My 17th Century Dutch isn't so good but I can still look at the illustrations in Johan Picardt's 1660 book "Korte beschyvinge van eenige vergetene en verborgene Antiquiteten" eg here, here and here. Mr Picardt is considered the founding father of the study of archaeology in the Netherlands. The drawings seem to show the hunebedden being built by giants and dwarfs. But the dwarfs seem to get the raw end of the deal as the giants end up eating them. That's certainly what it looks like at any rate.
Throughout Europe and even adjacent areas there was the widespread belief in thunderstones. These peculiar stones (prehistoric flint and stone axes) were thought to have crashed into the earth during a lightning strike. Although nowadays this superstition has largely vanished, it was still widely accepted in the first half of the 20th century.
Deinse* describes this situation for the Dutch province of Overijssel, directly south of Drenthe. He reports that virtually every farmer has at least one prehistoric axe at his farm. They were believed to protect the house against lightning, as lightning never strikes the same place twice. He even reported that particular axes were believed to possess special powers. Small bits of stone were scraped off these axes and were given to children as a medicine against convulsions.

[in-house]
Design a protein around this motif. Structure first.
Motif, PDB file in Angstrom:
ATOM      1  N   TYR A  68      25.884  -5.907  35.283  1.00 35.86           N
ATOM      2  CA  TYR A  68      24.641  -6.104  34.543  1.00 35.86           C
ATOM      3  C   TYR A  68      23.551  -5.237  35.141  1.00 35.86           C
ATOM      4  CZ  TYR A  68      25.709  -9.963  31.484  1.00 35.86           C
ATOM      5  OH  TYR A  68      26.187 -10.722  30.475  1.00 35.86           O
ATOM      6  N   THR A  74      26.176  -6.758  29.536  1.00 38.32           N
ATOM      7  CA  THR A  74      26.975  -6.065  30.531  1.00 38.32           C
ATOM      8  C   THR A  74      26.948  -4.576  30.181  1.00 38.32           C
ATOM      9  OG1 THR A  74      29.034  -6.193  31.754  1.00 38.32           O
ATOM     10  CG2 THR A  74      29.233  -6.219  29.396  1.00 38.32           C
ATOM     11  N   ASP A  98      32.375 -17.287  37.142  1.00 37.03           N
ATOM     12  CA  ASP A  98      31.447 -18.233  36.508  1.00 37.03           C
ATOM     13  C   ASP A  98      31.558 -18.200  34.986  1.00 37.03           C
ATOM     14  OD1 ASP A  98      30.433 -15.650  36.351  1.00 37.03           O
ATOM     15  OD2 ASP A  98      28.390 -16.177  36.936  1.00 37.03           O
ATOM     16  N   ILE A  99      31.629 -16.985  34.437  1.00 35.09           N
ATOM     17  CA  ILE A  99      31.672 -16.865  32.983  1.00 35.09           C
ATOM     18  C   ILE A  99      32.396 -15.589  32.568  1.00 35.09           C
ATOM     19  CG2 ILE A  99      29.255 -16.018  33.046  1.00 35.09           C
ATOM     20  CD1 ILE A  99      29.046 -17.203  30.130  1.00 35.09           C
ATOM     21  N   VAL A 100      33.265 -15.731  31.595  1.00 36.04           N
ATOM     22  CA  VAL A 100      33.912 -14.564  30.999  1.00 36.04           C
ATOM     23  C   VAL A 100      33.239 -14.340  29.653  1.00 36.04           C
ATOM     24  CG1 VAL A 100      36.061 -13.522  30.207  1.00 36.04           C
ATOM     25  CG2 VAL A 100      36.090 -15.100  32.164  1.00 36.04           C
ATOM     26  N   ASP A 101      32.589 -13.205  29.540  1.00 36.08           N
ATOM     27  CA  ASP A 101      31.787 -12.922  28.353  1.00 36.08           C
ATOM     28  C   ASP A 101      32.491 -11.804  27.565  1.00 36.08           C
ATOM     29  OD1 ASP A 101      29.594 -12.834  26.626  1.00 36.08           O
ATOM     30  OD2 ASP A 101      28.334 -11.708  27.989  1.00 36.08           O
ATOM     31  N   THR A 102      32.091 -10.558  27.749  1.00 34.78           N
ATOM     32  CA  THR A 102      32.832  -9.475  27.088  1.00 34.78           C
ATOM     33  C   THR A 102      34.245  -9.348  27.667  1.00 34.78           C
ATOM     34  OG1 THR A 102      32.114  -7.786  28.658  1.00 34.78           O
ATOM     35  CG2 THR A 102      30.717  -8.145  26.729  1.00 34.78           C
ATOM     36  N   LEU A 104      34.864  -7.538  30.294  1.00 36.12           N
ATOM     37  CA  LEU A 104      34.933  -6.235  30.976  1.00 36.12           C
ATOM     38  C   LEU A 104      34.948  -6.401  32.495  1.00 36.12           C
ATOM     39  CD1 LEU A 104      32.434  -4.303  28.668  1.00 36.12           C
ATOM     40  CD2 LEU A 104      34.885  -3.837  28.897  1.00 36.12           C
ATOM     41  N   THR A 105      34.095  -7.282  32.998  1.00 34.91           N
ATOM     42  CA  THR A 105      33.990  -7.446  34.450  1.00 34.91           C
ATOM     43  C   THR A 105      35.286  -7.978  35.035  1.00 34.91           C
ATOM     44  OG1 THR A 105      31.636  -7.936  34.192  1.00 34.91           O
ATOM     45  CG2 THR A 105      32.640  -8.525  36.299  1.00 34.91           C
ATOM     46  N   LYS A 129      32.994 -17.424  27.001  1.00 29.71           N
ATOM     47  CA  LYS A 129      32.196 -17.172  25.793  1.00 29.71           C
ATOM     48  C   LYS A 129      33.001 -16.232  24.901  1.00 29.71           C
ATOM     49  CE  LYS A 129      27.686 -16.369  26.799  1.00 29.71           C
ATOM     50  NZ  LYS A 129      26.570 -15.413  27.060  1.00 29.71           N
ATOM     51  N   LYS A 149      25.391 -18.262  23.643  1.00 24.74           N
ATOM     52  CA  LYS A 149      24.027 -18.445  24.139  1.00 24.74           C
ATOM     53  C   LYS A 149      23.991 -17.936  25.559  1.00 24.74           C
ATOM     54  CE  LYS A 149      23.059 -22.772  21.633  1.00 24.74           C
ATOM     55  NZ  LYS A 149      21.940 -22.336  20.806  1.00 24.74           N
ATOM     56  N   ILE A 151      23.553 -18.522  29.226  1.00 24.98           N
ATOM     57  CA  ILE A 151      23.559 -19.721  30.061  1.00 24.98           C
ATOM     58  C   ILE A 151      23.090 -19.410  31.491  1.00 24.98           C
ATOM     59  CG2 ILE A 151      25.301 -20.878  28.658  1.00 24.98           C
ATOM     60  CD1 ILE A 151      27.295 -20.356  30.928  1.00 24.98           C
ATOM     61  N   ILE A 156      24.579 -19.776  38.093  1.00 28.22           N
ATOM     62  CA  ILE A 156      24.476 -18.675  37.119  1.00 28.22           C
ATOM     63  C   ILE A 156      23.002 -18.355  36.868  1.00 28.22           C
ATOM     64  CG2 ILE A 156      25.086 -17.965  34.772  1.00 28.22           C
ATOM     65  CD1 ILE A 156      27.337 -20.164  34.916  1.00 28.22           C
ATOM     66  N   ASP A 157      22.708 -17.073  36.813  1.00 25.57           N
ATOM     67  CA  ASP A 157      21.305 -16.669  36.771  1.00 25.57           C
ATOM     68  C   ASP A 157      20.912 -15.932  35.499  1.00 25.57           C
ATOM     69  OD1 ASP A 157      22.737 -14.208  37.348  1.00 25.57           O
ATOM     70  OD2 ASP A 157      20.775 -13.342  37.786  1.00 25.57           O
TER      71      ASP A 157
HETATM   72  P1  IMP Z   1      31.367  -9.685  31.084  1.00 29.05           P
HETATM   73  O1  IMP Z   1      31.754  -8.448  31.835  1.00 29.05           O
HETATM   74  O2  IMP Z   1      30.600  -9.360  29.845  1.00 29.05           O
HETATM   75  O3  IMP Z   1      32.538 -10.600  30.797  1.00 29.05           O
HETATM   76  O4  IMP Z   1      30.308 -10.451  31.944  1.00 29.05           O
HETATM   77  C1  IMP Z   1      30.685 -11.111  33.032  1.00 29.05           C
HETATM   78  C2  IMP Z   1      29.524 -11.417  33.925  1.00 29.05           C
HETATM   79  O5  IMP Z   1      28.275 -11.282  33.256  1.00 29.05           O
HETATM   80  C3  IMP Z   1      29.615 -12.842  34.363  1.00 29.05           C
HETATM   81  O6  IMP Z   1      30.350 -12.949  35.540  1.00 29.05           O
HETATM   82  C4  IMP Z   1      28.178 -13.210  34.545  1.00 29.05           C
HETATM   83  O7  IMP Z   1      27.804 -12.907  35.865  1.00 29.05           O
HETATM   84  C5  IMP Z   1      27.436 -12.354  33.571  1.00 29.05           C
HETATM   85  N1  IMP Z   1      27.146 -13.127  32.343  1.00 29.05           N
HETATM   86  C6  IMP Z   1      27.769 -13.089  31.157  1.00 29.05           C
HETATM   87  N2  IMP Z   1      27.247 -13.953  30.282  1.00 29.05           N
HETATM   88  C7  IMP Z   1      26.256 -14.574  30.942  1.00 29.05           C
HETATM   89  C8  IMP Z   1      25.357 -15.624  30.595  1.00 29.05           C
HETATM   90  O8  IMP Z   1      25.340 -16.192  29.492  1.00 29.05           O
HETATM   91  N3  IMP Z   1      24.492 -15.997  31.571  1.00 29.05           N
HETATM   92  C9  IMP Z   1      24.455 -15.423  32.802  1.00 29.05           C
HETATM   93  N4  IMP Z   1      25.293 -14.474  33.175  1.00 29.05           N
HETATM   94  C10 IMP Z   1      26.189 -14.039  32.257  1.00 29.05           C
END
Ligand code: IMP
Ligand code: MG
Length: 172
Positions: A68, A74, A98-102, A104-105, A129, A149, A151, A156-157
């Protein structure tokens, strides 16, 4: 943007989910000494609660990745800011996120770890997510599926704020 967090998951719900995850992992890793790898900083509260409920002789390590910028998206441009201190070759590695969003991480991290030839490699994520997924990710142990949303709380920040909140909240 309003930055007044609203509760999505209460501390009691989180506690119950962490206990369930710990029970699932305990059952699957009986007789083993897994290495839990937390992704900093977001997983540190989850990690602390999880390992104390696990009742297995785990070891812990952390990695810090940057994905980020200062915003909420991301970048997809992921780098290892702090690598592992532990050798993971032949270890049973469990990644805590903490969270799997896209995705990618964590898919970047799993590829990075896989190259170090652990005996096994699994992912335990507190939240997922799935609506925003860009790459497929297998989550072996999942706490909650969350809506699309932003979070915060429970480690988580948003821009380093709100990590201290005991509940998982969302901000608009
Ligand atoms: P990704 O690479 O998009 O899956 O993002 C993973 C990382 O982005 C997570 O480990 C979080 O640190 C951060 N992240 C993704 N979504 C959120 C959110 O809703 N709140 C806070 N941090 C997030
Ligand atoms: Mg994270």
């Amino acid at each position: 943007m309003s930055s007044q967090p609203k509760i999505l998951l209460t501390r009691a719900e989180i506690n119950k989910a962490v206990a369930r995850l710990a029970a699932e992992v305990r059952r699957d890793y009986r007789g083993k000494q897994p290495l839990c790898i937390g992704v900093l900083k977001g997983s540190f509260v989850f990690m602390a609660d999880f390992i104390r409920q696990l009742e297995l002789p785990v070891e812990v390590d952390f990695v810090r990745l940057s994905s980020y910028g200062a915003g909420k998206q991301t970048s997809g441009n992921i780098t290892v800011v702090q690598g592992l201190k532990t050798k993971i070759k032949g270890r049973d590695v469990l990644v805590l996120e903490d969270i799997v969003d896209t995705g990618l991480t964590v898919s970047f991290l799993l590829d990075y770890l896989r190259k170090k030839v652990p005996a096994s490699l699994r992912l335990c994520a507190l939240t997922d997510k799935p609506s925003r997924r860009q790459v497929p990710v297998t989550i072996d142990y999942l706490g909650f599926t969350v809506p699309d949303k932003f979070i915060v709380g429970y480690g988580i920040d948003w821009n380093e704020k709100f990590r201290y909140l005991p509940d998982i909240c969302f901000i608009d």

Deinse, J.J. (1925): Uit het Land van Katoen en Heide - Oudheidkundige en Folkloristische schetsen uit Twente. p102-111
This is from p25 of 'Ceci n'est pas une hache. Neolithic Depositions in the Northern Netherlands' by Karsten Wentink, 2006 - which you can read online at Google Books - it has lots of Serious archaeological information and discussion in it.
Grafheuvel No 13 in the Westerheide is one of the most attractive of all. It's also the one the casual visitor is most likely to miss as it stands in a sheltered tree-lined glade just off the main heathland. Although not actually hard to find (if you are looking for it), it cannot be seen from the main path that follows the tree-line. It lies almost equidistant between Grave Mounds 9 and 7.
This barrow is a symmetrical grassy dome, rising to about 2 metres, and with a spread of approximately 15 metres.
Grave Mound 12 on the Westerheide has, despite a probable height of two metres, an extremely low profile as it rises very gradually. This is the most extensive mound in the heathland, with a width that I estimated to be at least 30 metres.
Grafheuvel No 11 in the Westerheide is small and inconspicuous. Completely heather covered, it could well be mistaken for a mere undulation in the heathland, rising to about 2 metres and around 10 metres wide.
Westerheide 10 is the most easterly of the grave mounds in this area, and is found on the edge of woodland, 300 metres along the main path north through the reserve and approximately 50 metres to the left.
This is a low, grassy mound, struggling to attain a height of one metre, and rather less than ten metres in width.